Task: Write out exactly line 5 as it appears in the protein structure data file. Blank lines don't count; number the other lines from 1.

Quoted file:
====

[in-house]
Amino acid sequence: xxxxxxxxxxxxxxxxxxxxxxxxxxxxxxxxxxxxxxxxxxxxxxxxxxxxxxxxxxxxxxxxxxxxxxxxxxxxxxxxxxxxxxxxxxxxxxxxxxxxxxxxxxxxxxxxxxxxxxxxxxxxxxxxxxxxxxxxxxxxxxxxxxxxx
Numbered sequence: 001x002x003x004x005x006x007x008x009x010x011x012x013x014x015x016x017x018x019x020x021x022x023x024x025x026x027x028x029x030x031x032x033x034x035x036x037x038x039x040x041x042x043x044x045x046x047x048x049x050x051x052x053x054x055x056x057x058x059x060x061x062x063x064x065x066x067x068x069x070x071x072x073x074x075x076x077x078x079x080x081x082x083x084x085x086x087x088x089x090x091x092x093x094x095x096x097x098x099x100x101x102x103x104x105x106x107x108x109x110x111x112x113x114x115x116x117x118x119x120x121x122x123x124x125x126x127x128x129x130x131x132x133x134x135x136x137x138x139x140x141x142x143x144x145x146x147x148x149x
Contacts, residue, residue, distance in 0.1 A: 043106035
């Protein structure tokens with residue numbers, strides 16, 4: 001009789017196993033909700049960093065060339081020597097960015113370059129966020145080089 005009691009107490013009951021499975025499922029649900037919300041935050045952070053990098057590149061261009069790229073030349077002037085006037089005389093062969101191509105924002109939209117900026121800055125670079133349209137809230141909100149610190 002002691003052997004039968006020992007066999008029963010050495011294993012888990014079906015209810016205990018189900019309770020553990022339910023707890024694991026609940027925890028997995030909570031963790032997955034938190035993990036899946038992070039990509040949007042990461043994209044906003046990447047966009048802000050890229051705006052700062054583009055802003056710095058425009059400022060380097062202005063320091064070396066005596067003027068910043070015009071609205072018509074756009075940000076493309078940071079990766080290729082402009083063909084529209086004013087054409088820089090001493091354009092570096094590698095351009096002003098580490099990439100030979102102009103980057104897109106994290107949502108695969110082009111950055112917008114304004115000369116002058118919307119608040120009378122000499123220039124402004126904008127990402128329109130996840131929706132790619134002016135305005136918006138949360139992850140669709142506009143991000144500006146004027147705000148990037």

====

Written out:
């Protein structure tokens with residue numbers, strides 16, 4: 001009789017196993033909700049960093065060339081020597097960015113370059129966020145080089 005009691009107490013009951021499975025499922029649900037919300041935050045952070053990098057590149061261009069790229073030349077002037085006037089005389093062969101191509105924002109939209117900026121800055125670079133349209137809230141909100149610190 002002691003052997004039968006020992007066999008029963010050495011294993012888990014079906015209810016205990018189900019309770020553990022339910023707890024694991026609940027925890028997995030909570031963790032997955034938190035993990036899946038992070039990509040949007042990461043994209044906003046990447047966009048802000050890229051705006052700062054583009055802003056710095058425009059400022060380097062202005063320091064070396066005596067003027068910043070015009071609205072018509074756009075940000076493309078940071079990766080290729082402009083063909084529209086004013087054409088820089090001493091354009092570096094590698095351009096002003098580490099990439100030979102102009103980057104897109106994290107949502108695969110082009111950055112917008114304004115000369116002058118919307119608040120009378122000499123220039124402004126904008127990402128329109130996840131929706132790619134002016135305005136918006138949360139992850140669709142506009143991000144500006146004027147705000148990037």